Depth to Ground-Water Table by Remote Sensing

by Mohamed Abdel-Hady, (M.ASCE), Prof. of Civ. Engrg.; Oklahoma State Univ., Stillwater, OK,
Harlan H. Karbs, U.S. Army Corps of Engrs.; Fort Worth Dist., TX,

Serial Information: Journal of the Irrigation and Drainage Division, 1971, Vol. 97, Issue 3, Pg. 355-367

Document Type: Journal Paper


This study is aimed at investigating the potential of IR imagery, as a remote sensing technique, in detecting and surveying depth to ground-water table. This was accomplished by studying the variation of soil radiant energy from two types of soils in the 8 μ–14μ infrared spectral band as affected by depth to ground-water table in a specially designed apparatus. Results of experiments indicated that: (1) differences in depth to ground-water table, within the range used in experiment 0 ft to 4 ft level, in both types of soils used, was detectable by ground surface radiance measurements in the 8 μ–14μ wave band; (2) during the period of investigation (summer), radiant intensity was maximum from 2 p.m.–4 p.m.; (3) maximum radiant intensity difference resulting from variations to depth of water table also occurred during this period from ≃ 2 p.m.–4 p.m.; and (4) the differences in radiance during the peak period were significant, suggesting excellent potential applications of most of the high-class unclassified commercial imaging systems in detecting and surveying depth to ground-water table and soil moisture variations.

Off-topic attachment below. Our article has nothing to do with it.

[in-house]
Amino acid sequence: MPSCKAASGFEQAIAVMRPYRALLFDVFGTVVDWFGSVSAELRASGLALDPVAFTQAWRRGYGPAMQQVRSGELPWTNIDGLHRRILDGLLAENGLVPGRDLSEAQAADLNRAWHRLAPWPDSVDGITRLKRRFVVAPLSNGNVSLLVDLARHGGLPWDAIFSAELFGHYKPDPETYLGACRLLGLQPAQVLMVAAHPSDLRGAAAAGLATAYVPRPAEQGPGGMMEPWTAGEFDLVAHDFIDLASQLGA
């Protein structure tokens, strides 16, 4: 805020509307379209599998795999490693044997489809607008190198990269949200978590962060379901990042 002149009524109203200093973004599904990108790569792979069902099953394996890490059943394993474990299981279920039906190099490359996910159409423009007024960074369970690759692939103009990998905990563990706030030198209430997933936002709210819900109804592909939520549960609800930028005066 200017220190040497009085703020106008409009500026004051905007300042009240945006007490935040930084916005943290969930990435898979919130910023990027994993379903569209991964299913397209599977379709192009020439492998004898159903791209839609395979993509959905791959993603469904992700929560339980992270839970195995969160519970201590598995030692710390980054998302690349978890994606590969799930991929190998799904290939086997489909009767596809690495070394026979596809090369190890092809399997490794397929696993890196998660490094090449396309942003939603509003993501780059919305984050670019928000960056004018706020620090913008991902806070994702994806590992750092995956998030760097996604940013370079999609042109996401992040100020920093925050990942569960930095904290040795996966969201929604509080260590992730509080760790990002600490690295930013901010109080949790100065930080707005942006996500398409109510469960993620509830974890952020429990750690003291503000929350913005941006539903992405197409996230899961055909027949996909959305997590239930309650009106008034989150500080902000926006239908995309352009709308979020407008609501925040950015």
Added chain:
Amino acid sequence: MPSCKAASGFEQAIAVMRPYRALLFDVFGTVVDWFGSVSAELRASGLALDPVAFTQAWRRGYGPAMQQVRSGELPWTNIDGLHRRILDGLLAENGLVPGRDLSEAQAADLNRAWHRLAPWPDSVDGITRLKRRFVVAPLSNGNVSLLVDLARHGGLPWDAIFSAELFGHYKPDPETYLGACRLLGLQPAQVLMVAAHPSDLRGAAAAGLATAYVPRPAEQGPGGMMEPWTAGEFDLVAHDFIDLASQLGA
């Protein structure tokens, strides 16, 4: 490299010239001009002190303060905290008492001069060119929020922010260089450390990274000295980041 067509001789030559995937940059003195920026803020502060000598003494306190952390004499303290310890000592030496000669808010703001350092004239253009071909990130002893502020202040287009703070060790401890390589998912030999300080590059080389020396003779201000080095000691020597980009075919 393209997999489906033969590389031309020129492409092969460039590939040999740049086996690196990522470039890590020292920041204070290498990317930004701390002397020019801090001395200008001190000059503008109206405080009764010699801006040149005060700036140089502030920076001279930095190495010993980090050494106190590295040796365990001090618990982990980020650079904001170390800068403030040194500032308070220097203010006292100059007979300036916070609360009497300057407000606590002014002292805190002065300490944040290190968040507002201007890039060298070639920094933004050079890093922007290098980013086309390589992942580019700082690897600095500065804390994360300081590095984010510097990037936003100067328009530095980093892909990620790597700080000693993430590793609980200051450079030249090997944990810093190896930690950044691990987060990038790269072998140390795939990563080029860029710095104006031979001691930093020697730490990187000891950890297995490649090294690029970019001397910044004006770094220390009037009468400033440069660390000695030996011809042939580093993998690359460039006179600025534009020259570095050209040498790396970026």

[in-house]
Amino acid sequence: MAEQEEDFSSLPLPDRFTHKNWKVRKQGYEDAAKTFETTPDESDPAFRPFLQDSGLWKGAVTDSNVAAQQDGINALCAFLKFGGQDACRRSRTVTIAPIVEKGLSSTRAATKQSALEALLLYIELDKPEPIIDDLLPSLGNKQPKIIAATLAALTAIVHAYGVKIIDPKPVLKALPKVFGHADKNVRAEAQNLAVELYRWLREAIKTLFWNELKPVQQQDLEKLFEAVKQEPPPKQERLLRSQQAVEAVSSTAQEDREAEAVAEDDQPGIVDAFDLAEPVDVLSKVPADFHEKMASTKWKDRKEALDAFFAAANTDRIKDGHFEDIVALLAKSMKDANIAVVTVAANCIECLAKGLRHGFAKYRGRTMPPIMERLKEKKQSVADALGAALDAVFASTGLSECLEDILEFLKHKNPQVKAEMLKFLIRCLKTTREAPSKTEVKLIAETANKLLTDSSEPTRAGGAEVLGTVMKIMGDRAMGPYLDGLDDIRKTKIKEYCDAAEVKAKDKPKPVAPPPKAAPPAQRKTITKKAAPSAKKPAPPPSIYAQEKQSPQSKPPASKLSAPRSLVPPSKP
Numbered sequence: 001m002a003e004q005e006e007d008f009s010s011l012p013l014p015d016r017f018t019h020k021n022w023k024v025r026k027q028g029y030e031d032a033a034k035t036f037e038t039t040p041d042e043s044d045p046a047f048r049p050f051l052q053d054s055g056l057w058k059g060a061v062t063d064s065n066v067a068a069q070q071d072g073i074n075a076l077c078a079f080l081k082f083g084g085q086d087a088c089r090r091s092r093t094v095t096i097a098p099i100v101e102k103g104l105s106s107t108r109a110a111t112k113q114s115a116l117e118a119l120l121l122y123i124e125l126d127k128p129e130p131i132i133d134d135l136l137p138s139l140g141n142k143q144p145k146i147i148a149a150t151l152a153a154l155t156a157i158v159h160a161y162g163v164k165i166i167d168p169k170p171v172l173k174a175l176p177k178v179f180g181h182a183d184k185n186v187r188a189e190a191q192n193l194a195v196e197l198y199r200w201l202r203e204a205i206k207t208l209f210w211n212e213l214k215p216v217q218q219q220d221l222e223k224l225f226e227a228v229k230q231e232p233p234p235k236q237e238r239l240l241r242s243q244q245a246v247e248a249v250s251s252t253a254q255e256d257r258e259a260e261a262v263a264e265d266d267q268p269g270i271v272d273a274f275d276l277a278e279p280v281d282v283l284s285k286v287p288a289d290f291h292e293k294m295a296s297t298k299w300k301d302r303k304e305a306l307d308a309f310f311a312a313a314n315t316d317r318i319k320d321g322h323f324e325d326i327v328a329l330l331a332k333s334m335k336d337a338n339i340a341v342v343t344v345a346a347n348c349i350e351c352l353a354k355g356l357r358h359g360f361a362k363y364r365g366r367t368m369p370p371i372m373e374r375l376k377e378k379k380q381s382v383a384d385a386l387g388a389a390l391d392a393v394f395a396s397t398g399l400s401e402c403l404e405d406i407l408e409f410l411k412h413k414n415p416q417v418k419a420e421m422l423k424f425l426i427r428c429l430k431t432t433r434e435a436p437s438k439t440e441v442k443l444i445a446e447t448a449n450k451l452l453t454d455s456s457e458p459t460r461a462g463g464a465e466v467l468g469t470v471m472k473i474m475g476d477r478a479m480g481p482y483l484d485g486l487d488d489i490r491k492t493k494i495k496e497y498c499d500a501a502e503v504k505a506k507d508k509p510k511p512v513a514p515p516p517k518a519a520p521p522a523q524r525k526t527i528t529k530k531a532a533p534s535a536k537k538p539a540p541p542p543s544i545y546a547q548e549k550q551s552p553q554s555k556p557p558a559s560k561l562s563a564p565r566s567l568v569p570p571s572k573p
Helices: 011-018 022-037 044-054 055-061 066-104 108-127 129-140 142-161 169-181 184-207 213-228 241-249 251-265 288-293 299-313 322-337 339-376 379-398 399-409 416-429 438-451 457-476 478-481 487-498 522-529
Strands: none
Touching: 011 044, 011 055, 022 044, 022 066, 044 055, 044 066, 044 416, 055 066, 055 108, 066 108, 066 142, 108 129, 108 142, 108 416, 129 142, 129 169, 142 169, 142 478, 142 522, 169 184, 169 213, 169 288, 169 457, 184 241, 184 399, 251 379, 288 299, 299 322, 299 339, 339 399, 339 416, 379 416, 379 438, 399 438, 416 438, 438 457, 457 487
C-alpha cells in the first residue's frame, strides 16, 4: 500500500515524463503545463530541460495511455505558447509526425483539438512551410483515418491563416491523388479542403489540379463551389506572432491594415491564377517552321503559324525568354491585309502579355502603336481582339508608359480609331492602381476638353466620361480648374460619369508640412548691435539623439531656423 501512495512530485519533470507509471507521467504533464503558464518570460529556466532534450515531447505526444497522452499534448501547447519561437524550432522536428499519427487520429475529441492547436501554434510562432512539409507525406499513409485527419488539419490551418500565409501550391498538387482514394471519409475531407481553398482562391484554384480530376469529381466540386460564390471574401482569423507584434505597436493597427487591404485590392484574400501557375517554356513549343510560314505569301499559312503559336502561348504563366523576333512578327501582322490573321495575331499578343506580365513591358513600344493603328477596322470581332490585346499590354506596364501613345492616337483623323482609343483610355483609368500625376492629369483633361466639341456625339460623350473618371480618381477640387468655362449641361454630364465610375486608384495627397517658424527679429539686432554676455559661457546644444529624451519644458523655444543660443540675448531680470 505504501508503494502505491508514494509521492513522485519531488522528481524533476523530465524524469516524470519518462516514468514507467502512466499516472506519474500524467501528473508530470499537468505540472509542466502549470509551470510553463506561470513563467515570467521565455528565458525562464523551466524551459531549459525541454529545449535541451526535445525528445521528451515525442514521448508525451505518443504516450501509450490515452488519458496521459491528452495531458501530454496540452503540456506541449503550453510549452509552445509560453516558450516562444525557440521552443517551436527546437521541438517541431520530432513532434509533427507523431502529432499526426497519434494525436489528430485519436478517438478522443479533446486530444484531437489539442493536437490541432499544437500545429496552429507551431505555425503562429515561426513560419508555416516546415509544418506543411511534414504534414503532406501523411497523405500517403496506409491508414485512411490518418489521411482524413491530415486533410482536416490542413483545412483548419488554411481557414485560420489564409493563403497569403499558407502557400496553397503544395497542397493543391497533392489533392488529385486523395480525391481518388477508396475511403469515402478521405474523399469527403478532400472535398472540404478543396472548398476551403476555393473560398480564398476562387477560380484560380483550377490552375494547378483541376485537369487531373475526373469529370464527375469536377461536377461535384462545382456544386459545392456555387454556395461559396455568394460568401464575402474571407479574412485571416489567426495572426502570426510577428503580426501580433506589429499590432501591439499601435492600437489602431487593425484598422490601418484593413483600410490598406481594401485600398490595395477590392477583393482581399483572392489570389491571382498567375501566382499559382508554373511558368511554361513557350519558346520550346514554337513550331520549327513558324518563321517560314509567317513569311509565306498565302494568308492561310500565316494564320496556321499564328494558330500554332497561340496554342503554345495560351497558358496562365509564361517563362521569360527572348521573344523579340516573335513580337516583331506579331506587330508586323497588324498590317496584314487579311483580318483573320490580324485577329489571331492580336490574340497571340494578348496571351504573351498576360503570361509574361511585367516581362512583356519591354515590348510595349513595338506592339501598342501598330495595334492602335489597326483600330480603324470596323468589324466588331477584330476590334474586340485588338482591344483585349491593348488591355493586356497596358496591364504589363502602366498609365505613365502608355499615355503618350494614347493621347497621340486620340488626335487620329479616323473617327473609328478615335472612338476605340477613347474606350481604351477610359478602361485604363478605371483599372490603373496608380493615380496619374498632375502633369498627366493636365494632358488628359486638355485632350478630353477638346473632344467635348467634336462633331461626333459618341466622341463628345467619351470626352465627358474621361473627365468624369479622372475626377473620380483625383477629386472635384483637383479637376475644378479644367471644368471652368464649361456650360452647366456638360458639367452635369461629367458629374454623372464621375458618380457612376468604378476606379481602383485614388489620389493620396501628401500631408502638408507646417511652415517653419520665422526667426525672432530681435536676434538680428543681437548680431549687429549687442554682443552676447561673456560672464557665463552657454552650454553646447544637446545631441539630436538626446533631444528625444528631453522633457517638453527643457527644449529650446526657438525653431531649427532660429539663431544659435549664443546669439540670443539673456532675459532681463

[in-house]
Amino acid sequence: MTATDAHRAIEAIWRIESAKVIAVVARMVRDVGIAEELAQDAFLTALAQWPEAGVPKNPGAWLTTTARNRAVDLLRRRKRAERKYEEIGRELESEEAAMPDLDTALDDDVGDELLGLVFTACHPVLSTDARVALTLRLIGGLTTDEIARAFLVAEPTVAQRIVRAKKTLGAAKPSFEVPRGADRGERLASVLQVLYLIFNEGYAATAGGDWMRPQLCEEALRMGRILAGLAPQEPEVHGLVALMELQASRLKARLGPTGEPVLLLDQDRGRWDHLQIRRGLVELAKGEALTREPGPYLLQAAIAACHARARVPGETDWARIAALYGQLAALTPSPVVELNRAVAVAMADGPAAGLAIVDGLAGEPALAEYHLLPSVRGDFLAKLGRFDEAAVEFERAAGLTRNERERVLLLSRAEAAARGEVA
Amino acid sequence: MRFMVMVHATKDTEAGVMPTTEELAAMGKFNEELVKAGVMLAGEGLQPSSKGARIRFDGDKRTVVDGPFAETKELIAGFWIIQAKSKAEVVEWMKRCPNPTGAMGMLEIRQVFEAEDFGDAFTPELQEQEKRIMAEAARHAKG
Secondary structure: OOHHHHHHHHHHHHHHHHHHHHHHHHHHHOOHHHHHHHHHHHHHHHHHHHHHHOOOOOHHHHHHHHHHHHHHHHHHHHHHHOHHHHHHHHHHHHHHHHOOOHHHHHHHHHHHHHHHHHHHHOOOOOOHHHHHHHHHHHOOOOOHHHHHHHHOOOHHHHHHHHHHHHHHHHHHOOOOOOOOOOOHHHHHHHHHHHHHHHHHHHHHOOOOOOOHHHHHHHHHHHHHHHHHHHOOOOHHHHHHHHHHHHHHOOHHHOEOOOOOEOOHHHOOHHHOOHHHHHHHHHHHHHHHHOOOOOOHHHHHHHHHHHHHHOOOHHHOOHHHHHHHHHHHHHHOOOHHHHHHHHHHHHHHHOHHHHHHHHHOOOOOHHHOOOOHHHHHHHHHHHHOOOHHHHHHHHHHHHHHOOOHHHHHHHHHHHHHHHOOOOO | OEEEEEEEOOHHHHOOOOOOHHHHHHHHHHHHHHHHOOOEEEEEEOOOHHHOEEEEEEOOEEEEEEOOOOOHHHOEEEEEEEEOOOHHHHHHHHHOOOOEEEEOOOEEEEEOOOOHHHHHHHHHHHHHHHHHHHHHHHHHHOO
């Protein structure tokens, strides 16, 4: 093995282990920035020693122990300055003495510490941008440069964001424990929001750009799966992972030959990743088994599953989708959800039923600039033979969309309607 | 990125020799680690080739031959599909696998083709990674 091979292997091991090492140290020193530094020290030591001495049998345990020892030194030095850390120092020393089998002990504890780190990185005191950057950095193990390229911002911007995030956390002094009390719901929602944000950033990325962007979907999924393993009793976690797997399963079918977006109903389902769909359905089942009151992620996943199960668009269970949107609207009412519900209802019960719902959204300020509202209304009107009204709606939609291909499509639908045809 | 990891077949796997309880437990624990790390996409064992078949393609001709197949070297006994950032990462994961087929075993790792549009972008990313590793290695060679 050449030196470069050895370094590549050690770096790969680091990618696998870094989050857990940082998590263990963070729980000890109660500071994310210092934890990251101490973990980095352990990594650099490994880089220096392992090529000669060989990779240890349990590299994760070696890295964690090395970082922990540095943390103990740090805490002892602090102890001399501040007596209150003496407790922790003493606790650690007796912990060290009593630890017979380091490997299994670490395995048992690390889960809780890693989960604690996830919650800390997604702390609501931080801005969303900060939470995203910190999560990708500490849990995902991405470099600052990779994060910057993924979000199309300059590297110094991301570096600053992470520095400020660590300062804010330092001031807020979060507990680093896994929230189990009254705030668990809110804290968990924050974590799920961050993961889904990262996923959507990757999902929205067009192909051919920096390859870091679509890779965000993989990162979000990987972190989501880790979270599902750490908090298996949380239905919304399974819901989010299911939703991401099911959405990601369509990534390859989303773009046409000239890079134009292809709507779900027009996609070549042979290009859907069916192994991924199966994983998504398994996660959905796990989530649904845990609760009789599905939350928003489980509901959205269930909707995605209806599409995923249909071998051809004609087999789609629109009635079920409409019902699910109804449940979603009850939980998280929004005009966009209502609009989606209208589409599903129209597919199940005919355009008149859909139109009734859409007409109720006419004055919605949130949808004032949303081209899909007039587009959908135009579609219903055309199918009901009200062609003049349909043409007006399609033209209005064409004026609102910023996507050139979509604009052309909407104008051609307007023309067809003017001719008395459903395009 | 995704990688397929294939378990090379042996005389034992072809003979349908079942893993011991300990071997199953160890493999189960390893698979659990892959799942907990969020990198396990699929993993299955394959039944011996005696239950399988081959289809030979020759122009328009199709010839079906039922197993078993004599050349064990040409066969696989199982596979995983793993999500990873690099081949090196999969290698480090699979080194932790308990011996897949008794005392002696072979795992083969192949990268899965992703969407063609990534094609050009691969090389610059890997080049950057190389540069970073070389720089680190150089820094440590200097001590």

Subject Headings: Radiation | Groundwater | Remote sensing | Soil surveys | Soil classification | Soil water | Wave measurement | Hydrographic surveys

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